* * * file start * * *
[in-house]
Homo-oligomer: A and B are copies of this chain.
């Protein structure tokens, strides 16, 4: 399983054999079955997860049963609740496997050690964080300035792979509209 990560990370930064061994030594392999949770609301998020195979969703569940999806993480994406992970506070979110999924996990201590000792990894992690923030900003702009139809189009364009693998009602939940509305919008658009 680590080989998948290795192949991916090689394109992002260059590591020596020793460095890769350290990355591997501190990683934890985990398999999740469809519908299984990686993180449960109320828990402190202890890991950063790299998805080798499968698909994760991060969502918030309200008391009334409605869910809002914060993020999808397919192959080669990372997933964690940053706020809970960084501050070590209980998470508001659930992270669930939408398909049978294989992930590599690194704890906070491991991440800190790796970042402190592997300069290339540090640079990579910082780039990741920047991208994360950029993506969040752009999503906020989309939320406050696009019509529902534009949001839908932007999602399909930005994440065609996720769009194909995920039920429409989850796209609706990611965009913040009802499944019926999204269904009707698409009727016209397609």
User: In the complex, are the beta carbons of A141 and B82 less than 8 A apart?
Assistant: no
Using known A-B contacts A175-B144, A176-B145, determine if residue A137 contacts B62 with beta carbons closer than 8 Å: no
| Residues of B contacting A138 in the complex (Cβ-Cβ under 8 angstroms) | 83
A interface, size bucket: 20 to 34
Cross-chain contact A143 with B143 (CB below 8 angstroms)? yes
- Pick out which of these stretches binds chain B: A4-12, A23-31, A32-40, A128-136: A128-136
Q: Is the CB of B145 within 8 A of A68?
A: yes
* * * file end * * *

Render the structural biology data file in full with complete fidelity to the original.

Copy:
[in-house]
Homo-oligomer: A and B are copies of this chain.
């Protein structure tokens, strides 16, 4: 399983054999079955997860049963609740496997050690964080300035792979509209 990560990370930064061994030594392999949770609301998020195979969703569940999806993480994406992970506070979110999924996990201590000792990894992690923030900003702009139809189009364009693998009602939940509305919008658009 680590080989998948290795192949991916090689394109992002260059590591020596020793460095890769350290990355591997501190990683934890985990398999999740469809519908299984990686993180449960109320828990402190202890890991950063790299998805080798499968698909994760991060969502918030309200008391009334409605869910809002914060993020999808397919192959080669990372997933964690940053706020809970960084501050070590209980998470508001659930992270669930939408398909049978294989992930590599690194704890906070491991991440800190790796970042402190592997300069290339540090640079990579910082780039990741920047991208994360950029993506969040752009999503906020989309939320406050696009019509529902534009949001839908932007999602399909930005994440065609996720769009194909995920039920429409989850796209609706990611965009913040009802499944019926999204269904009707698409009727016209397609």
User: In the complex, are the beta carbons of A141 and B82 less than 8 A apart?
Assistant: no
Using known A-B contacts A175-B144, A176-B145, determine if residue A137 contacts B62 with beta carbons closer than 8 Å: no
| Residues of B contacting A138 in the complex (Cβ-Cβ under 8 angstroms) | 83
A interface, size bucket: 20 to 34
Cross-chain contact A143 with B143 (CB below 8 angstroms)? yes
- Pick out which of these stretches binds chain B: A4-12, A23-31, A32-40, A128-136: A128-136
Q: Is the CB of B145 within 8 A of A68?
A: yes